Pretty scary bridge, a big log truck went by and I thought we were both goners. We paid our $.50 each at the end of the toll bridge. In Astoria we stopped at the chamber of commerce for a map and found out where the bakeries were. We stopped at a bakery and ate our fill of cookies and rolls and also got some to go. We ran into another biker who had stopped – he sounded German or something. When we asked him which way he was headed he said, “what’s headed?”. So we asked him which way he was going. Never could figure out where he was going.
We left Astoria and headed east on Highway 30. There were lots of rollers for the next 20 miles. We stopped at Bradley State Park and had peanut butter and jelly sandwiches. We could see the Puget Island ferry from the viewpoint. From there it was downhill with a tailwind until Clatskanie. We stopped at a store and got apples for Dave and grapes for me. Then we headed up Mist Mountain. Actually it wasn’t too bad, a lot like Chehelam Mountain (a hill near our house that we ride a lot), only longer.
Six miles of climbing, real pretty scenery. We rode down the other side into Mist. Bought ice cream bars and lemonade and found out that the park was only 4 miles away. We headed off to the park. When we got there a sign said full. I told Dave to use all his charm and get us a spot and he did! Only $4.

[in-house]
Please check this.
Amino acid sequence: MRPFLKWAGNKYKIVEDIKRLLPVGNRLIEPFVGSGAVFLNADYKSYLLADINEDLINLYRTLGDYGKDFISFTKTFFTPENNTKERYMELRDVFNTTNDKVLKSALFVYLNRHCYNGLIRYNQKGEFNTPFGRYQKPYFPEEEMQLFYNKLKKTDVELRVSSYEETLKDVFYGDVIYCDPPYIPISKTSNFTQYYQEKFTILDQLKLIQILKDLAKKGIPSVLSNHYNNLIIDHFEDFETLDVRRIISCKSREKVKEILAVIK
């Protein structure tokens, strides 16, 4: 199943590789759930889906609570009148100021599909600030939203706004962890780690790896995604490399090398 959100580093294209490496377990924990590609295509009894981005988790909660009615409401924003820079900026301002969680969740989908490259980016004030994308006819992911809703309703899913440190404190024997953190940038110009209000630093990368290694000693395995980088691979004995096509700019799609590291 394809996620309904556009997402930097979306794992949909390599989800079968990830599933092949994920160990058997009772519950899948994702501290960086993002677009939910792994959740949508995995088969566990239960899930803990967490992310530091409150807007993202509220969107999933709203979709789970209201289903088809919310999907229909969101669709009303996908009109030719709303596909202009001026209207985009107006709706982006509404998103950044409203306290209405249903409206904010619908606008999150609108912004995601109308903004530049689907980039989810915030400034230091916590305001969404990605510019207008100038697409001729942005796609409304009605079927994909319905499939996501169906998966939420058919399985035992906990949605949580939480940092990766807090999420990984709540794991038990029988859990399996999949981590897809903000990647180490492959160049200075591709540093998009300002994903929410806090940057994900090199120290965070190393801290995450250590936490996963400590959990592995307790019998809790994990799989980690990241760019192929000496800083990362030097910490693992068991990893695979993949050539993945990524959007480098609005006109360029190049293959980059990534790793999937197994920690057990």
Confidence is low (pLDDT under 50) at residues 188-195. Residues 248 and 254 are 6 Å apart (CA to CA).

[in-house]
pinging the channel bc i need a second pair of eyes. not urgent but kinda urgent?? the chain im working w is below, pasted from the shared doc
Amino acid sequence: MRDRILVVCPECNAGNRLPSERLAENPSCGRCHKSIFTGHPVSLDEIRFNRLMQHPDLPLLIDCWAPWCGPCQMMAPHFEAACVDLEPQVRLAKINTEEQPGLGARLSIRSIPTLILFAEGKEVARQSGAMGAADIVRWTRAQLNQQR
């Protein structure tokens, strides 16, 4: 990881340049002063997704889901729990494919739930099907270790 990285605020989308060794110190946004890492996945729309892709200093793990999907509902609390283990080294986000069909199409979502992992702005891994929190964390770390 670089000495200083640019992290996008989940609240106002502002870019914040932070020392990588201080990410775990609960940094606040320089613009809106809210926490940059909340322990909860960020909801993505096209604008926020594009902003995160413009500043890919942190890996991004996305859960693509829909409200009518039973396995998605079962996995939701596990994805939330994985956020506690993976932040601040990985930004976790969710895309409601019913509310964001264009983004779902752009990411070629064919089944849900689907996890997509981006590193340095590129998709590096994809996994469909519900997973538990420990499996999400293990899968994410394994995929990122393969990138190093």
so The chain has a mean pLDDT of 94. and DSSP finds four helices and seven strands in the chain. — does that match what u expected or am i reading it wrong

No showers but for the last night we will survive. We had chicken paprikash for dinner, blech!! We can see the fish jump from the picnic table in the river behind the tent. They like the mosquitoes at least!
August 17, 60 miles Big Eddy County Park to Tigard (home)
We got up about 7:30, had cereal for breakfast and left camp about 8:30. It was chilly – we had to wear long sleeves. We rode 8 miles into Vernonia, where we stopped at a couple of stores for bananas and rolls. From there it was pretty easy ride, fairly flat, with a couple small hills. We came into the sun soon after that, which was nice.
We stopped at a fruit stand for juice and muffins, no fruit, near Banks. Then we headed toward Cornelius, where we made another bathroom stop (for Dave of course). From there we were on “hometown” roads – by the golf course, on Farmington and Tile Flat roads. We stopped at Lolichs fruit stand for berries – blackberries and peaches. Then on to home. We stopped for the obligatory photo at the ‘Welcome to Tigard’ sign.
It was great to ride into the driveway and know we were home. We both took a long shower – now time to clean up all the gear. It was a great tour – lots of great scenery, pretty good weather (for Oregon/Washington coast) and no mishaps.